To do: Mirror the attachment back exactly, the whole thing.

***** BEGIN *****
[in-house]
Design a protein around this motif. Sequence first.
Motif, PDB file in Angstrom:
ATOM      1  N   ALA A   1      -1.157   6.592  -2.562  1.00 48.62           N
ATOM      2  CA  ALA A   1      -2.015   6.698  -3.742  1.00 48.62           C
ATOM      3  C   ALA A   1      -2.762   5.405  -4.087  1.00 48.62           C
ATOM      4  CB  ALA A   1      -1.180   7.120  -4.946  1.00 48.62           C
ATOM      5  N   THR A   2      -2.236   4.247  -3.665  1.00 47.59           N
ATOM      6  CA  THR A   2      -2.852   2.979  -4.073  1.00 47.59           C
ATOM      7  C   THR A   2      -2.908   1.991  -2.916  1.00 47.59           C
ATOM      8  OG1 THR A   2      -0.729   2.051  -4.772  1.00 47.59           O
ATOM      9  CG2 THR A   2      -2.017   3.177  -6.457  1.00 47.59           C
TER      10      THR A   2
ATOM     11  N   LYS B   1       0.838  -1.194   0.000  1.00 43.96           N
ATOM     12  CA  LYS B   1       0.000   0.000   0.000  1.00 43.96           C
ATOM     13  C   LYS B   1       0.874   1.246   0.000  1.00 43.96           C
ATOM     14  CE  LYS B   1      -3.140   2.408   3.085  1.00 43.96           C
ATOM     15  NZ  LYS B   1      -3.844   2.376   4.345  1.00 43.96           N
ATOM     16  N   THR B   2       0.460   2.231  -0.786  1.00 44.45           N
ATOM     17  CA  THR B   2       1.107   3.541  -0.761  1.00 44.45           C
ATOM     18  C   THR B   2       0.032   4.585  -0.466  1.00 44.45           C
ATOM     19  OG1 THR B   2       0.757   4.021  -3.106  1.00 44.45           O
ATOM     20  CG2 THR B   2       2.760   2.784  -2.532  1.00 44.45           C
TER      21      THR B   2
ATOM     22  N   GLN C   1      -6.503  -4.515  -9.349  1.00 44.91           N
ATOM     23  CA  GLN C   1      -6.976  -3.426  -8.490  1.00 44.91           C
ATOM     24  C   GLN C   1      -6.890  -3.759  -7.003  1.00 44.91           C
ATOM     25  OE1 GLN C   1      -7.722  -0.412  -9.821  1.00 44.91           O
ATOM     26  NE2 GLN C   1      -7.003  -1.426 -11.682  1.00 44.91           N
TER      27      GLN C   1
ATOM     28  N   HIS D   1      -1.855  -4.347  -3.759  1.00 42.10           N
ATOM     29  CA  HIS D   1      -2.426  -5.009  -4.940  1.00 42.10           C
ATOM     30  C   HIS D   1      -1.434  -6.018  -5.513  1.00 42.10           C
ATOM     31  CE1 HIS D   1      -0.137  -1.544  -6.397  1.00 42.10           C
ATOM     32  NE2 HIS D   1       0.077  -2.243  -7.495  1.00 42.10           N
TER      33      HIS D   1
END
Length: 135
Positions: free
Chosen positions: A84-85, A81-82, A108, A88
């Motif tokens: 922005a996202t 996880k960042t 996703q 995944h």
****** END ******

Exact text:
[in-house]
Design a protein around this motif. Sequence first.
Motif, PDB file in Angstrom:
ATOM      1  N   ALA A   1      -1.157   6.592  -2.562  1.00 48.62           N
ATOM      2  CA  ALA A   1      -2.015   6.698  -3.742  1.00 48.62           C
ATOM      3  C   ALA A   1      -2.762   5.405  -4.087  1.00 48.62           C
ATOM      4  CB  ALA A   1      -1.180   7.120  -4.946  1.00 48.62           C
ATOM      5  N   THR A   2      -2.236   4.247  -3.665  1.00 47.59           N
ATOM      6  CA  THR A   2      -2.852   2.979  -4.073  1.00 47.59           C
ATOM      7  C   THR A   2      -2.908   1.991  -2.916  1.00 47.59           C
ATOM      8  OG1 THR A   2      -0.729   2.051  -4.772  1.00 47.59           O
ATOM      9  CG2 THR A   2      -2.017   3.177  -6.457  1.00 47.59           C
TER      10      THR A   2
ATOM     11  N   LYS B   1       0.838  -1.194   0.000  1.00 43.96           N
ATOM     12  CA  LYS B   1       0.000   0.000   0.000  1.00 43.96           C
ATOM     13  C   LYS B   1       0.874   1.246   0.000  1.00 43.96           C
ATOM     14  CE  LYS B   1      -3.140   2.408   3.085  1.00 43.96           C
ATOM     15  NZ  LYS B   1      -3.844   2.376   4.345  1.00 43.96           N
ATOM     16  N   THR B   2       0.460   2.231  -0.786  1.00 44.45           N
ATOM     17  CA  THR B   2       1.107   3.541  -0.761  1.00 44.45           C
ATOM     18  C   THR B   2       0.032   4.585  -0.466  1.00 44.45           C
ATOM     19  OG1 THR B   2       0.757   4.021  -3.106  1.00 44.45           O
ATOM     20  CG2 THR B   2       2.760   2.784  -2.532  1.00 44.45           C
TER      21      THR B   2
ATOM     22  N   GLN C   1      -6.503  -4.515  -9.349  1.00 44.91           N
ATOM     23  CA  GLN C   1      -6.976  -3.426  -8.490  1.00 44.91           C
ATOM     24  C   GLN C   1      -6.890  -3.759  -7.003  1.00 44.91           C
ATOM     25  OE1 GLN C   1      -7.722  -0.412  -9.821  1.00 44.91           O
ATOM     26  NE2 GLN C   1      -7.003  -1.426 -11.682  1.00 44.91           N
TER      27      GLN C   1
ATOM     28  N   HIS D   1      -1.855  -4.347  -3.759  1.00 42.10           N
ATOM     29  CA  HIS D   1      -2.426  -5.009  -4.940  1.00 42.10           C
ATOM     30  C   HIS D   1      -1.434  -6.018  -5.513  1.00 42.10           C
ATOM     31  CE1 HIS D   1      -0.137  -1.544  -6.397  1.00 42.10           C
ATOM     32  NE2 HIS D   1       0.077  -2.243  -7.495  1.00 42.10           N
TER      33      HIS D   1
END
Length: 135
Positions: free
Chosen positions: A84-85, A81-82, A108, A88
């Motif tokens: 922005a996202t 996880k960042t 996703q 995944h």